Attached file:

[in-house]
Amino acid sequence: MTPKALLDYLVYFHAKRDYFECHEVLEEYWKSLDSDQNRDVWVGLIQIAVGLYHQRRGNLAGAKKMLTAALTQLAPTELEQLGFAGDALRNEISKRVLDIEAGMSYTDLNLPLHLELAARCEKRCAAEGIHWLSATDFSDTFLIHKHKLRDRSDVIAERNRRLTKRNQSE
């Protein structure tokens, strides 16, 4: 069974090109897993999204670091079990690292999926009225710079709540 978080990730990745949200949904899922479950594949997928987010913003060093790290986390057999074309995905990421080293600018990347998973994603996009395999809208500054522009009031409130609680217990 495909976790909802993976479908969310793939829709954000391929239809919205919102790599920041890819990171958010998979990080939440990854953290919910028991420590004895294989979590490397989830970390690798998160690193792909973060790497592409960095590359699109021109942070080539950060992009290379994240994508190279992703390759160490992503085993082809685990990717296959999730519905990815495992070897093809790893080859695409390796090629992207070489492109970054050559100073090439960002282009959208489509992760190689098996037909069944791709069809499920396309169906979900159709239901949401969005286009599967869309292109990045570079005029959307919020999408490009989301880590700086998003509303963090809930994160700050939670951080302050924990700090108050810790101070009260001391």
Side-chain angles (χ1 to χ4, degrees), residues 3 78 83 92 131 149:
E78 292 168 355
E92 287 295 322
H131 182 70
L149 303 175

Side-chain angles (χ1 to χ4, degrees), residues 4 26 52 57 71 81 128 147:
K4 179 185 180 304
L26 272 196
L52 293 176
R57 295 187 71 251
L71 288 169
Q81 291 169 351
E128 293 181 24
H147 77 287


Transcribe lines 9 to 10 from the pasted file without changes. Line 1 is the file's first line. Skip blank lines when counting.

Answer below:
Side-chain angles (χ1 to χ4, degrees), residues 4 26 52 57 71 81 128 147:
K4 179 185 180 304